A security guard then accused Banga of shoplifting and asked him to show him the content of his backpack. Banga objected, and because they didn't want to address anything with him on the spot, he complained officially to the company management.
After some time, the manager of the chain visited Banga at home with a letter of apology and a gift basket. "I think that if I hadn't written my complaint from my work e-mail, they wouldn't have settled it positively. When I complained at the reception desk, they refused me. Later they came all the way to my home to apologize," he pointed out.
It happens to Mr Banga rather frequently that security guards stick to his heels when he shops. He has begun to investigate why that is.
"One security guard told me, on the record, that they do this as part of their program. If somebody sees a Romani man somewhere, they purposefully focus on him," the journalist summed it up.
According to Banga, this is typical behavior just in the Czech Republic. Whenever he goes abroad, nobody follows him around the shops.
"For a Romani man of my age this is an absolutely normal part of life. When my children were small and I was buying a lot of stuff, several thousand crowns' worth at once, the guards would walk behind me staring at what I was buying. They did that irrespective of the fact that I frequently shopped there and we lived not far away," Banga sums up his experience.
Romani security guard asked to follow his own father
Milan Žigmond, who is also of Romani origin, has also had an experience with an unequal approach to shoppers - in 2015, after graduating high school, he began working as a security guard in a shop. He took the job for a couple of months before matriculating to university.
The managers tasked him, for example, with following one older Romani woman, alleging that she was a thief. He never caught her shoplifting anything even though he followed her rather frequently.
"Once they came up to me and asked that I keep an eye on a particular gentleman. It was my own father, which they didn't know," Žigmond described to Deník N.
According to Žigmond, his father had not been behaving at all suspiciously. He had just gotten off work, and because his job is reconstructing bathrooms, he was covered in dust.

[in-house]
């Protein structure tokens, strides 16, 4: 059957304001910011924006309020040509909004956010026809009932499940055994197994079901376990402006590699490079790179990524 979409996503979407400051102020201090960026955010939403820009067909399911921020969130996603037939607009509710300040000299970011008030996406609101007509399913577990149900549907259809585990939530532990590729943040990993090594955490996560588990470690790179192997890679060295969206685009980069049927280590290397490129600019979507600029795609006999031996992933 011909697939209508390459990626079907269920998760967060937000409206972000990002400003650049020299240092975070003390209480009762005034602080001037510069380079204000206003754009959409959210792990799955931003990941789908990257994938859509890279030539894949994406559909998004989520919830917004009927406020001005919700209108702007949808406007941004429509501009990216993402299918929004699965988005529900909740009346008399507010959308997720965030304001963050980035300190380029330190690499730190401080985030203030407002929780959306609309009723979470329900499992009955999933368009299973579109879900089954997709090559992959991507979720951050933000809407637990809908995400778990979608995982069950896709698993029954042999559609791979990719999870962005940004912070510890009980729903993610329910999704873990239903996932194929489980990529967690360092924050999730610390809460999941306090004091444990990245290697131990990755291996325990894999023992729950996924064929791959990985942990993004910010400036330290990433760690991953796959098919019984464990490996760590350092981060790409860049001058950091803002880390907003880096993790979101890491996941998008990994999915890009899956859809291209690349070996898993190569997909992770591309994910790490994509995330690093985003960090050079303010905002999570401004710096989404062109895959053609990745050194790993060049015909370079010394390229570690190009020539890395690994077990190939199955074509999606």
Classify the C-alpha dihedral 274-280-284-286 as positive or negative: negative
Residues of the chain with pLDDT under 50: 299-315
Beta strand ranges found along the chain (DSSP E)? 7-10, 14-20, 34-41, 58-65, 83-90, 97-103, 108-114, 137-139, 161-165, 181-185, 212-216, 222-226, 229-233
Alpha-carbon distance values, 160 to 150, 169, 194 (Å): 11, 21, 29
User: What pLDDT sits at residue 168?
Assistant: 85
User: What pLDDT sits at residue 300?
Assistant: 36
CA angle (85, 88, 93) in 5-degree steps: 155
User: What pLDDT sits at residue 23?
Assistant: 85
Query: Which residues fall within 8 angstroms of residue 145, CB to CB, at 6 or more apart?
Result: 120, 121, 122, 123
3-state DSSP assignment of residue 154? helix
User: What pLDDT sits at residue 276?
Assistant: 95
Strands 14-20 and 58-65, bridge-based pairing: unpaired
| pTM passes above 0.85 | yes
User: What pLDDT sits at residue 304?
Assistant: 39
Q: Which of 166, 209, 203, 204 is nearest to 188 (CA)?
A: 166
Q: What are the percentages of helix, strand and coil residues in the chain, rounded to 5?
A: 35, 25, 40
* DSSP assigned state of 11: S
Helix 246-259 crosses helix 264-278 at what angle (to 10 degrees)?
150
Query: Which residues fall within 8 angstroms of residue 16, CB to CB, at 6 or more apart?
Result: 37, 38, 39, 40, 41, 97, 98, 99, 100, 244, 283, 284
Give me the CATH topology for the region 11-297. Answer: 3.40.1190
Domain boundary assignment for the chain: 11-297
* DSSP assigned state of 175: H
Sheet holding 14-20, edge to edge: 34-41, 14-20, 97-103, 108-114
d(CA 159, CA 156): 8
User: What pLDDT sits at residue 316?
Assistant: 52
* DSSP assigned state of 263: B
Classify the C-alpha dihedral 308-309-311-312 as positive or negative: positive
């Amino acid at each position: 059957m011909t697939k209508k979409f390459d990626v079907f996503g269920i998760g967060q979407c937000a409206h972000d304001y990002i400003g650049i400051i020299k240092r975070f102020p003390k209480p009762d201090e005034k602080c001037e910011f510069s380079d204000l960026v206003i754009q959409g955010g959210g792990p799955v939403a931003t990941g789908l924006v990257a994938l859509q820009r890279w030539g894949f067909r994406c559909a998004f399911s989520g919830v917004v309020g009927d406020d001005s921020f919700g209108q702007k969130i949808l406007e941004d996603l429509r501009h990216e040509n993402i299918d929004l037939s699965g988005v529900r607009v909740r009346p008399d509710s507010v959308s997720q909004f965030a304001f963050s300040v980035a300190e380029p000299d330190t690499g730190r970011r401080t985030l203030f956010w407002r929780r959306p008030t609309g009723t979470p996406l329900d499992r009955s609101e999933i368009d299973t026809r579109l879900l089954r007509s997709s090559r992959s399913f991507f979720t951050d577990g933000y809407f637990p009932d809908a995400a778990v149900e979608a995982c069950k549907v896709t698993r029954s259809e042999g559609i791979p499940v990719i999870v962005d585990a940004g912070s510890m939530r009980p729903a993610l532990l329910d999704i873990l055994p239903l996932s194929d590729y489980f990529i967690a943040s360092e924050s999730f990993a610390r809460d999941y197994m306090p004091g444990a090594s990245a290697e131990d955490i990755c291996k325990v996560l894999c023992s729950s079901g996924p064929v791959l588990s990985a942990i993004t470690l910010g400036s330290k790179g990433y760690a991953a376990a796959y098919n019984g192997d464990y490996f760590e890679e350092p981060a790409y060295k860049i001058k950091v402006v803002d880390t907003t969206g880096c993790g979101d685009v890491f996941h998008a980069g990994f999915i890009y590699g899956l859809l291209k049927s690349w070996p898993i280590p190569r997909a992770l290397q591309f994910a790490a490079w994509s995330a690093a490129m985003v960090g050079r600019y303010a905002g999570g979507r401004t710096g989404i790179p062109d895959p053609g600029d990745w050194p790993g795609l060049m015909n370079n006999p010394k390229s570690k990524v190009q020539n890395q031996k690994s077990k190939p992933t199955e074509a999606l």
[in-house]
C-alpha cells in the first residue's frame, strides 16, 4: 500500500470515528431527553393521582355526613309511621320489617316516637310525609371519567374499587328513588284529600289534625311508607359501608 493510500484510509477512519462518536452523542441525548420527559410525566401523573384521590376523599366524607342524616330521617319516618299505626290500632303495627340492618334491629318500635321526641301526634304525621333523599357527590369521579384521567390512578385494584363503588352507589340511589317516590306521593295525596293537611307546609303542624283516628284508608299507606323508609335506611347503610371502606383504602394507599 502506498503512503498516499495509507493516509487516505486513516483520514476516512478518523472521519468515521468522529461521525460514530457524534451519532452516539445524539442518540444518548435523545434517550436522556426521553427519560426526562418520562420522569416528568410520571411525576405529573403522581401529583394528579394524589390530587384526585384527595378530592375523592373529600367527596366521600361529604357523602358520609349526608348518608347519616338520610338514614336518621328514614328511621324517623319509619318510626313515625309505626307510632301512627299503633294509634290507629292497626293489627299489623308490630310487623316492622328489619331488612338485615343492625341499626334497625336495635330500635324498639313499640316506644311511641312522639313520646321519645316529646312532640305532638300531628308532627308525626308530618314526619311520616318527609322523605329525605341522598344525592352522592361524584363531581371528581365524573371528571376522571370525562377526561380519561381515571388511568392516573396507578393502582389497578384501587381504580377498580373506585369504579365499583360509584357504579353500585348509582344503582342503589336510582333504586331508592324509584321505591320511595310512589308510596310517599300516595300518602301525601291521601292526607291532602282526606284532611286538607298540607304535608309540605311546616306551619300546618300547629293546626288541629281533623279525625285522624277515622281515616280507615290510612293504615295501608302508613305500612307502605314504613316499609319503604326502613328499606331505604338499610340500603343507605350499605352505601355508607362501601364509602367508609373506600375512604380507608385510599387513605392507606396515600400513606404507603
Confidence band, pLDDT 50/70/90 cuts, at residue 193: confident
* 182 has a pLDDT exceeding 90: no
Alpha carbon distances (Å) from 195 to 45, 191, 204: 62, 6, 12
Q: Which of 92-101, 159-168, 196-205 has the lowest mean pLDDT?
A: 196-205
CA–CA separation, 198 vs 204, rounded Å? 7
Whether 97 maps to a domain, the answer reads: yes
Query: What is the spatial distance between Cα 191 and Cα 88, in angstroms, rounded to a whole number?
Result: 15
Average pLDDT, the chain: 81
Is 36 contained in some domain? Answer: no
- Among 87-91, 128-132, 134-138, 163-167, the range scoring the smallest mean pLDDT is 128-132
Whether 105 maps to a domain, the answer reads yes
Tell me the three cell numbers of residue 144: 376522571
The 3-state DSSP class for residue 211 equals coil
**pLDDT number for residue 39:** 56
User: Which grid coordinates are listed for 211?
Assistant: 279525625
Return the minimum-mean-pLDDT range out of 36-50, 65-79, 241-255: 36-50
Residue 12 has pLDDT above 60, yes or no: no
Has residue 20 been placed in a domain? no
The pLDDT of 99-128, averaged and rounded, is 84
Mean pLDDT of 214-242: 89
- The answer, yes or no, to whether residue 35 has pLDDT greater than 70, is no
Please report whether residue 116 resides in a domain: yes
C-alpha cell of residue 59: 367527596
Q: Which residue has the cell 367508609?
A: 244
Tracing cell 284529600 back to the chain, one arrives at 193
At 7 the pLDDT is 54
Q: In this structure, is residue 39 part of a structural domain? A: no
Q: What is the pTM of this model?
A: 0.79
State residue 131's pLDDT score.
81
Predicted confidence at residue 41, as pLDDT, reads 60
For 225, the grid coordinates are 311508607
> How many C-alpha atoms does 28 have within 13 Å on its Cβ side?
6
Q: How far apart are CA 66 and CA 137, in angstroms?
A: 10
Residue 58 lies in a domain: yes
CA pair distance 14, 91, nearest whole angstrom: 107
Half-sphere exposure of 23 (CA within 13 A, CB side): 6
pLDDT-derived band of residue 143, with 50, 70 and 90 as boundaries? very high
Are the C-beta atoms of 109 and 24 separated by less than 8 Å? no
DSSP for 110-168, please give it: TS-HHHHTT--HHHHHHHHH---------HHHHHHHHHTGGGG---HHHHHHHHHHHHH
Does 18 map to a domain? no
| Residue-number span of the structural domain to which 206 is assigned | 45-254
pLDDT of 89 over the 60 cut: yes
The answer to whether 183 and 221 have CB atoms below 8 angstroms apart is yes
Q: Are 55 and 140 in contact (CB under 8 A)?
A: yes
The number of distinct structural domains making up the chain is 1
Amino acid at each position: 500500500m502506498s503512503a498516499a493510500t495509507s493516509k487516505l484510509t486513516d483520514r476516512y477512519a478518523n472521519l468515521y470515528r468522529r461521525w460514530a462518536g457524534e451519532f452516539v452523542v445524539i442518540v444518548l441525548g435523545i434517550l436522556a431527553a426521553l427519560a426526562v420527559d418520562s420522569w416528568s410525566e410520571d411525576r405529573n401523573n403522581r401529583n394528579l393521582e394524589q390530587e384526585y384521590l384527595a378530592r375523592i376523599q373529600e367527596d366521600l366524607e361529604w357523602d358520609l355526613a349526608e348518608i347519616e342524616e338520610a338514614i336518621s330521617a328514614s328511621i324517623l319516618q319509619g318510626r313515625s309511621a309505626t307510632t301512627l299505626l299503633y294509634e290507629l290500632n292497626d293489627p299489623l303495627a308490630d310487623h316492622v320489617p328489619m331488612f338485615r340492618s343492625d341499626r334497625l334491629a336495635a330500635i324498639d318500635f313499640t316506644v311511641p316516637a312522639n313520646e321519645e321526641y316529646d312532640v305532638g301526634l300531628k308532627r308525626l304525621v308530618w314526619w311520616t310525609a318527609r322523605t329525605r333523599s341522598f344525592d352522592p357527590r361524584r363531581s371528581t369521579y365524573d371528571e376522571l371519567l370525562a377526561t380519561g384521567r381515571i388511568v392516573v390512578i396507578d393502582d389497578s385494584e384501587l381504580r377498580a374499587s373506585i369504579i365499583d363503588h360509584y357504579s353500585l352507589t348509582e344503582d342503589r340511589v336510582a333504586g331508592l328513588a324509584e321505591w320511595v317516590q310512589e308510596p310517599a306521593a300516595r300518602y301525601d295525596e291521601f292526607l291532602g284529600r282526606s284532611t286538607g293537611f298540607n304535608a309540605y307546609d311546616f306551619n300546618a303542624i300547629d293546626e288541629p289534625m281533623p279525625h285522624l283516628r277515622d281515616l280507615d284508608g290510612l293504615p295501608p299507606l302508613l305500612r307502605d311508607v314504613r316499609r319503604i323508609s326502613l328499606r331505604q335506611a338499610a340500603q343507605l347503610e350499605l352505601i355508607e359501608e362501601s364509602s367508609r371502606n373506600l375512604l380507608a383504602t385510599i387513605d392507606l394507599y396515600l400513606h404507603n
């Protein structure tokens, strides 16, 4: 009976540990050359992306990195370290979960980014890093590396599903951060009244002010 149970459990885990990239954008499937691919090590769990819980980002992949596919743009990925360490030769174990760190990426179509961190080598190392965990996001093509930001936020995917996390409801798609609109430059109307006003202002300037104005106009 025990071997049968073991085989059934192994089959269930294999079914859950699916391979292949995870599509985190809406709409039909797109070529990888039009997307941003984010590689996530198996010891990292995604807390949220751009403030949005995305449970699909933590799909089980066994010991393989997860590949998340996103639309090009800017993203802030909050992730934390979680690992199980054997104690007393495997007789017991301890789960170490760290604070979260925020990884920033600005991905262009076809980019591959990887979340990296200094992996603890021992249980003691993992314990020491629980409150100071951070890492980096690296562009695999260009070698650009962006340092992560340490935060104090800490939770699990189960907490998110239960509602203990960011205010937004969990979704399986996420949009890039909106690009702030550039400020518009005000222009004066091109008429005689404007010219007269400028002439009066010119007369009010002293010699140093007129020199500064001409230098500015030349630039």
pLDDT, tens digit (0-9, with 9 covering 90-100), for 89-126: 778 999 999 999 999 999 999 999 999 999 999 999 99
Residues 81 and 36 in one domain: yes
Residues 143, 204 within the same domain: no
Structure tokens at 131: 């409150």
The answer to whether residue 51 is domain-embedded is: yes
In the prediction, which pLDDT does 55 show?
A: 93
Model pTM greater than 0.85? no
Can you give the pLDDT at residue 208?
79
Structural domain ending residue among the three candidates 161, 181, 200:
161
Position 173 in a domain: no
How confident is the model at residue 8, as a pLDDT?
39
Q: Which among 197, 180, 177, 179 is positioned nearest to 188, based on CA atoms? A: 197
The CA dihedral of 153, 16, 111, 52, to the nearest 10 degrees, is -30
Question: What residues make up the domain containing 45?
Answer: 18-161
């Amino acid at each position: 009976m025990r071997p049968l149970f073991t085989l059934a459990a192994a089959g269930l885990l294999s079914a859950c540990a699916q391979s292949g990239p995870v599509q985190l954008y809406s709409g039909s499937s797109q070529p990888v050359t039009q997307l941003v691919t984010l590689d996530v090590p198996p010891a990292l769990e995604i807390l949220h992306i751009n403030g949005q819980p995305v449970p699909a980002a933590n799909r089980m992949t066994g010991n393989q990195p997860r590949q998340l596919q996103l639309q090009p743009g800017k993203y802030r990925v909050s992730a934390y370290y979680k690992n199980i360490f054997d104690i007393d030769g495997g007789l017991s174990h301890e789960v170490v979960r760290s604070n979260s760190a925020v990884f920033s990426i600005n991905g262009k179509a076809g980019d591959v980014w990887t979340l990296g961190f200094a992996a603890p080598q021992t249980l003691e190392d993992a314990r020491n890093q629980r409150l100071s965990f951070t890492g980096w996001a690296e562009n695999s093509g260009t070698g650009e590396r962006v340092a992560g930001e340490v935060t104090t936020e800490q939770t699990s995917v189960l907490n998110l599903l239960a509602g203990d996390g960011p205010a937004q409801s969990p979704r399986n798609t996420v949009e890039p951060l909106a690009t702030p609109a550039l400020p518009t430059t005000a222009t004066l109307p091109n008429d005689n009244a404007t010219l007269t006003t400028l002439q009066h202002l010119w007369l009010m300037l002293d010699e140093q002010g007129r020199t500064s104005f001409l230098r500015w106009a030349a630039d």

The director of the Khamoro organization, Emil Voráč, has also had negative experiences with security guards - in addition to the fact that a luxury clothing store refused him service, telling him that he didn't have enough money to buy anything there, or the fact that a restaurant has twice refused to sell him coffee because he is Romani, it frequently happens to him that security guards in shops keep an eye on him. He most recently had to address such a situation was last spring in Karlovy Vary, when a staffer admitted to following him. "I've experienced that very often, it seems to be written on my forehead that I'm Romani," he said.
"My 15-year-old daughter came to me last year saying she wouldn't go shopping anymore because the guards constantly follow her around believing that she wants to steal something - we're raising our girl to be proud and self-confident, but this seriously deprives her of her self-confidence," Voráč said. His organization aids people living in socially excluded localities and he says he has many clients who complain of similar treatment.
"Keep an eye on the black woman!"
Deník N also reported that a security guard whom they called "Karel" (not his real name) can prove that such experiences have happened. He has been working security for several years now, and because he himself is Romani, it is unpleasant for him to be instructed to follow people with darker complexions.
"When Romani people enter a shop, whether they are dirty or clean, a bell immediately rings and I am warned that they are potential thieves," he described the customary practice to Deník N. "Last time it was a lady and they said to me: 'Keep an eye on the black woman!'"
"I'm black too, though," he said, shrugging his shoulders. "Karel" told the daily he understands it is unpleasant for customers when somebody is constantly following them and treating them like suspects.